R12 - R134a conversion - A/C compressor - BMW M5 Forum and M6 Forums

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Old 5th June 2013, 22:20   #1
pwalsh53
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R12 - R134a conversion - A/C compressor

Hi all!

So I am in the process of upgrading to an R134a A/C system on my '91, and my car has a Bosch compressor (PN 64 52 1 385 416) that needs to be replaced. It is one of a couple of compressor part numbers that are unfortunately not compatible with R134a. There are some other threads in this forum that do a good job archiving this. The attached image is the list of part numbers that will NOT work with R134a, taken from the BMW service bulletin about retrofitting R134a (from 1996!). Hopefully this can be of some help as well!

I am posting because I am trying to figure out where I could get a remanufactured Seiko/Seiki compressor (PN 64 52 8 363 550) for less than the dealer's quote of $750. Part of that quote involves a ~$100 bracket that "may or may not be necessary." This statement agrees with what I have found on these and other forums about Seiko/Bosch compressors and which engines they fit on with/without brackets. Bav Auto has a reman compressor for $800 but does not match the part number, and there is no mention of a bracket.

Apart from doing a junk yard search on car-part.com, does anyone have any positive experiences here? The labor for the conversion is already going to be pretty high, so if I can avoid any part cost markup, that would be a pretty big help. But at the same time, I want to do it right. I am thinking about the longevity of this fine hand-built beast, and don't want to half-*** anything. You just don't do that to an M5 :-)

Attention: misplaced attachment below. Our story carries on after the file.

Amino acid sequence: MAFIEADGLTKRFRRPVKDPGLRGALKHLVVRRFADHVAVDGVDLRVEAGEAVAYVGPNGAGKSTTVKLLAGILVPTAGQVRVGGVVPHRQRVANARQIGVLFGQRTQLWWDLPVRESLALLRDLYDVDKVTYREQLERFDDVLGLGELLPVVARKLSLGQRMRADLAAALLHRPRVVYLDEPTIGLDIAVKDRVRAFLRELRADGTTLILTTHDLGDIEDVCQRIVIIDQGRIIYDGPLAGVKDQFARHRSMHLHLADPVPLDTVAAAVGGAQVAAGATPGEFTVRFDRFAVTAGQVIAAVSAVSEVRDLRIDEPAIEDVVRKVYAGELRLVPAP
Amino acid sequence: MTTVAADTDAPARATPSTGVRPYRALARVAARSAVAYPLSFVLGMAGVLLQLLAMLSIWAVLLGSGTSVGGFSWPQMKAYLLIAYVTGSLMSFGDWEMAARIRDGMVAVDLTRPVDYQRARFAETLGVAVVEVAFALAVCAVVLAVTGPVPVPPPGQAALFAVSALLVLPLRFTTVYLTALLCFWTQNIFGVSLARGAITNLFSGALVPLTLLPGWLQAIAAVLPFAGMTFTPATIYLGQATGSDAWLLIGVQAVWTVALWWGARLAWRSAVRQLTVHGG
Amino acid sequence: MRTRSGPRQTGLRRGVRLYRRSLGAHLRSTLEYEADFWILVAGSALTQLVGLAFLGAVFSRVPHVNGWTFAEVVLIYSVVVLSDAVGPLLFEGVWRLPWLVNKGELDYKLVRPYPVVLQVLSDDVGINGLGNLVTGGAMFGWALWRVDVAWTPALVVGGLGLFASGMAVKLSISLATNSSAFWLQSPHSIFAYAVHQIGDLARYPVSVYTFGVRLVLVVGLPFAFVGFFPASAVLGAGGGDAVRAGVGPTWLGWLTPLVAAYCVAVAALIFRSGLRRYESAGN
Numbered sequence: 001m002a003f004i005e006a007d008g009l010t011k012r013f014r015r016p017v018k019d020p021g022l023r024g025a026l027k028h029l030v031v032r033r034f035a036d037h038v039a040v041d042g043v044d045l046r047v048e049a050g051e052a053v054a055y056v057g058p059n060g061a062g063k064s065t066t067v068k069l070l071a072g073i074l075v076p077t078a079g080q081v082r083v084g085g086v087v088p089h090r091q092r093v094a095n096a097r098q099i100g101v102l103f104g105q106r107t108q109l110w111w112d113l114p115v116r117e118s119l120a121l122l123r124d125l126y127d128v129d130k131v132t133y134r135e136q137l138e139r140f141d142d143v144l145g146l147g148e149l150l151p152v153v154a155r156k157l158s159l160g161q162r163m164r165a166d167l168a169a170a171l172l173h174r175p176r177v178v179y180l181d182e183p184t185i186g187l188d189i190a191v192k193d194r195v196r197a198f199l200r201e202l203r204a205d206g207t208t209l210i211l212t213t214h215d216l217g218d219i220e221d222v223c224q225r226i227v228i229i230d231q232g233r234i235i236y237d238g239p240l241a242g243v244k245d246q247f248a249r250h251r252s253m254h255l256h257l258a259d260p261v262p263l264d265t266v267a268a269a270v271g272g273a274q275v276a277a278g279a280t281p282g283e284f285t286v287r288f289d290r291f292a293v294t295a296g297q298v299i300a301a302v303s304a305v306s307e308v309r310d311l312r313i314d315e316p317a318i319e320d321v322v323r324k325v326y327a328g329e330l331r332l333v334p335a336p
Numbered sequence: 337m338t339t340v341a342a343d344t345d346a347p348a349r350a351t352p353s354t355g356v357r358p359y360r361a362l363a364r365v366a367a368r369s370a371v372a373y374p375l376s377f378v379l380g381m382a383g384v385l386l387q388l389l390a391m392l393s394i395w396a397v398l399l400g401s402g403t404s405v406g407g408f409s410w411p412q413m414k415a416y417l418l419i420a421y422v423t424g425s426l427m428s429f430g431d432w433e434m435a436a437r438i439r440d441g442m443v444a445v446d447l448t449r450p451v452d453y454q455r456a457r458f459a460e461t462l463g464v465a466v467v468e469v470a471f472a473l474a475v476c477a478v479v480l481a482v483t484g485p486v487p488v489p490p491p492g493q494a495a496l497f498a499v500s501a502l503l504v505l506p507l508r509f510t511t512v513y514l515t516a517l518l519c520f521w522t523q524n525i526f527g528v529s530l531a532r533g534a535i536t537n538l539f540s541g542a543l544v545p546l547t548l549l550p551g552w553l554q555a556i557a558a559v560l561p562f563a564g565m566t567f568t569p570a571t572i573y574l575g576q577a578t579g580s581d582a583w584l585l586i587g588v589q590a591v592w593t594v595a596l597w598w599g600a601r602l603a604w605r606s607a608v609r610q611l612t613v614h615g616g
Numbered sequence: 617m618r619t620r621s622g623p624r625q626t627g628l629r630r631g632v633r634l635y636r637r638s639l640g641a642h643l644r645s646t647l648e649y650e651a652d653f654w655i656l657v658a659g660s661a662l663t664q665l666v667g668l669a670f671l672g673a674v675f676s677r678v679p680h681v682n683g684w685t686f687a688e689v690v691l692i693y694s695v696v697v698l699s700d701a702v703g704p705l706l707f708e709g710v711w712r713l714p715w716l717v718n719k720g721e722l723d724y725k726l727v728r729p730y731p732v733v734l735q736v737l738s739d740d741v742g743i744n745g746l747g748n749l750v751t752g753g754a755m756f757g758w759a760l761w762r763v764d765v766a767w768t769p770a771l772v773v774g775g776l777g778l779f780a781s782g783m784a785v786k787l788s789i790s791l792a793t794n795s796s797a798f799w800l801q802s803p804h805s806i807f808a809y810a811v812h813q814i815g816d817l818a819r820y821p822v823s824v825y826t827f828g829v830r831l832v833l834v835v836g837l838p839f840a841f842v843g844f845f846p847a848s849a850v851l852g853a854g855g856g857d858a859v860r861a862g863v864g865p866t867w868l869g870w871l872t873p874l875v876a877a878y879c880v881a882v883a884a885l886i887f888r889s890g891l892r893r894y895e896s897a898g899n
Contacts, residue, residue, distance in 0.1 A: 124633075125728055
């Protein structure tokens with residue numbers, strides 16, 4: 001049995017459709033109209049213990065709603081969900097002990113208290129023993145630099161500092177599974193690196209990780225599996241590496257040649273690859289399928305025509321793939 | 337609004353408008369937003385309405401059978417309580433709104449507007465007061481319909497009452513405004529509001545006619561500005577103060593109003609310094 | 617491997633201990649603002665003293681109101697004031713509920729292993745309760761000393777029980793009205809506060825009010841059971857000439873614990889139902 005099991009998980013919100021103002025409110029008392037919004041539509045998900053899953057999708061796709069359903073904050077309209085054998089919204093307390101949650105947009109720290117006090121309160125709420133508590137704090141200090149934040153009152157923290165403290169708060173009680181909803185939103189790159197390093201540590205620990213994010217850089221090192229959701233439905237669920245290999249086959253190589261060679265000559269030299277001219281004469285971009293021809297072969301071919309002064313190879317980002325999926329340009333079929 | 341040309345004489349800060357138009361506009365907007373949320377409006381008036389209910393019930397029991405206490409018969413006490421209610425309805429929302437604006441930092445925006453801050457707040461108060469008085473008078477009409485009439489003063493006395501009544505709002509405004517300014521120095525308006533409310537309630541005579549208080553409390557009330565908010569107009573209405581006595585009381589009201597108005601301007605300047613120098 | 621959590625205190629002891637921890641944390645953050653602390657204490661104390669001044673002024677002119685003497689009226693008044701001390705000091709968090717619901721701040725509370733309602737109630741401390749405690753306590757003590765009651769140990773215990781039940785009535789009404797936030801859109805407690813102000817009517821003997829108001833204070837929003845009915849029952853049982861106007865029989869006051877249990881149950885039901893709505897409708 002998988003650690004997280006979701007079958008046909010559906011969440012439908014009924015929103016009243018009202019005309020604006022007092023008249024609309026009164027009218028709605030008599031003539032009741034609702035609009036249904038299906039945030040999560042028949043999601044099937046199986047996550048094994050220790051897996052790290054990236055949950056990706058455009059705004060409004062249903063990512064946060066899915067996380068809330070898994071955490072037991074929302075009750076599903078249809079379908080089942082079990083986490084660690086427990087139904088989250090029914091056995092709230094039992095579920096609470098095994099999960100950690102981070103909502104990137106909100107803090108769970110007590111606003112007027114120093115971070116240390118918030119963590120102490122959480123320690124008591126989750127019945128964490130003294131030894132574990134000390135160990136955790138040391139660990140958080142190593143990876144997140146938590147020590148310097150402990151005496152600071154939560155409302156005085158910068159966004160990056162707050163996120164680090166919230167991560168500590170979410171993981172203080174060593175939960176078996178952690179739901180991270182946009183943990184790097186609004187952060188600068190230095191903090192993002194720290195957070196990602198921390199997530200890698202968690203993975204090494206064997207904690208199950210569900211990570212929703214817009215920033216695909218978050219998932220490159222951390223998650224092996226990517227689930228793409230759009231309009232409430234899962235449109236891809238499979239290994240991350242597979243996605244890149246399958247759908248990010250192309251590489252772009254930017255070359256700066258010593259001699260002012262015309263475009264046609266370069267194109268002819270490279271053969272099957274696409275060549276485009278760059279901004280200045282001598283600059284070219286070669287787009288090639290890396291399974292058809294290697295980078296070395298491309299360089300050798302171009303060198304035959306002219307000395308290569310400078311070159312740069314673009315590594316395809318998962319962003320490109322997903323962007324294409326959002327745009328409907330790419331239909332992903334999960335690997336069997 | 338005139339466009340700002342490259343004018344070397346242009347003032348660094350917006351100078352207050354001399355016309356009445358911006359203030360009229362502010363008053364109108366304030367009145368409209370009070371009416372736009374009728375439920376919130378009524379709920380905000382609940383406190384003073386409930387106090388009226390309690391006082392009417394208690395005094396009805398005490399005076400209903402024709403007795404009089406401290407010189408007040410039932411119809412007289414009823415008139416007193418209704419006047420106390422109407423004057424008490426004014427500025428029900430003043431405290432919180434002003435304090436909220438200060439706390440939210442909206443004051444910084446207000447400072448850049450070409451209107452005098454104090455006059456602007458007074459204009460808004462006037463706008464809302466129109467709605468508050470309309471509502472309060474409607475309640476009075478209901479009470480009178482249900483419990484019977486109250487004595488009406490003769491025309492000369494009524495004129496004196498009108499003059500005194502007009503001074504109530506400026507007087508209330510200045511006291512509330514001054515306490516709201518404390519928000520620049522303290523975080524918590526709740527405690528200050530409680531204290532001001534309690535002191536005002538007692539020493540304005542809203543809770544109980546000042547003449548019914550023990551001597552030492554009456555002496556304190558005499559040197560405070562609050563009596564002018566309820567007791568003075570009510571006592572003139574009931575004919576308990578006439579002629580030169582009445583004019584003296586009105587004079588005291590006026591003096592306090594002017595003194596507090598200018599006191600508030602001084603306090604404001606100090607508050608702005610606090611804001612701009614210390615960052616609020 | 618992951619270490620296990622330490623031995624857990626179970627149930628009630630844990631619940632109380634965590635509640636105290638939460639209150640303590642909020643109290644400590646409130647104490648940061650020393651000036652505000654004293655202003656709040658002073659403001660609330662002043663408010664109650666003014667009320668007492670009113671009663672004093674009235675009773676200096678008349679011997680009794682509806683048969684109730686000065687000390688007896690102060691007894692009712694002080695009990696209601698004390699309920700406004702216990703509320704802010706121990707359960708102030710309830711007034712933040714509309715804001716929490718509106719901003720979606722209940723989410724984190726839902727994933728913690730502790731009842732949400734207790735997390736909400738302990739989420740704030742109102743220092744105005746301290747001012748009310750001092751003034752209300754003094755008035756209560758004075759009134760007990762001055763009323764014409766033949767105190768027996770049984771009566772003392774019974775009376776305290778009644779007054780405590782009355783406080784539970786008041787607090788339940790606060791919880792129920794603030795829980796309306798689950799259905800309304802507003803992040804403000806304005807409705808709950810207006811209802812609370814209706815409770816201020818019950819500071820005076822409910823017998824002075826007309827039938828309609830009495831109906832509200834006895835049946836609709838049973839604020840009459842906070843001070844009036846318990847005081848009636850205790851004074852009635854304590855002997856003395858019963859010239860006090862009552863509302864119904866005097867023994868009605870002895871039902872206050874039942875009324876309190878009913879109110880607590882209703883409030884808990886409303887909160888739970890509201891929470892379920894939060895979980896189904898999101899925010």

Thanks!
Patrick
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Old 14th June 2013, 10:14   #2
Alan Archer
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I've always used a very knowledgeable A/C guy for the cars in my family.
Every visit he would show me A/C units, cars and compressors in various states of undress.

He's retired now, but we spoke a few times about the swap from R12 to R134 a.
He used to do conversions for customers who would bring him a "kit" consisting of a bunch
Of o-rings to replace and not much else.

We both understood the potential for o-ring system seals to react to the change & he listed
The merits of replacing the receiver/dryer unit when upgrading.
But I don't ever recall him having compressor issues.

Infact he told me that on some very old motors he simply took a deep breath & gassed them up with 134.

If I were in your shoes I would be tempted to do the same.
The worse senario is that your system leaks and you have to then strip/fix it, in which case you're back where you are now.

But worth a shot I think.

Regards,

Alan
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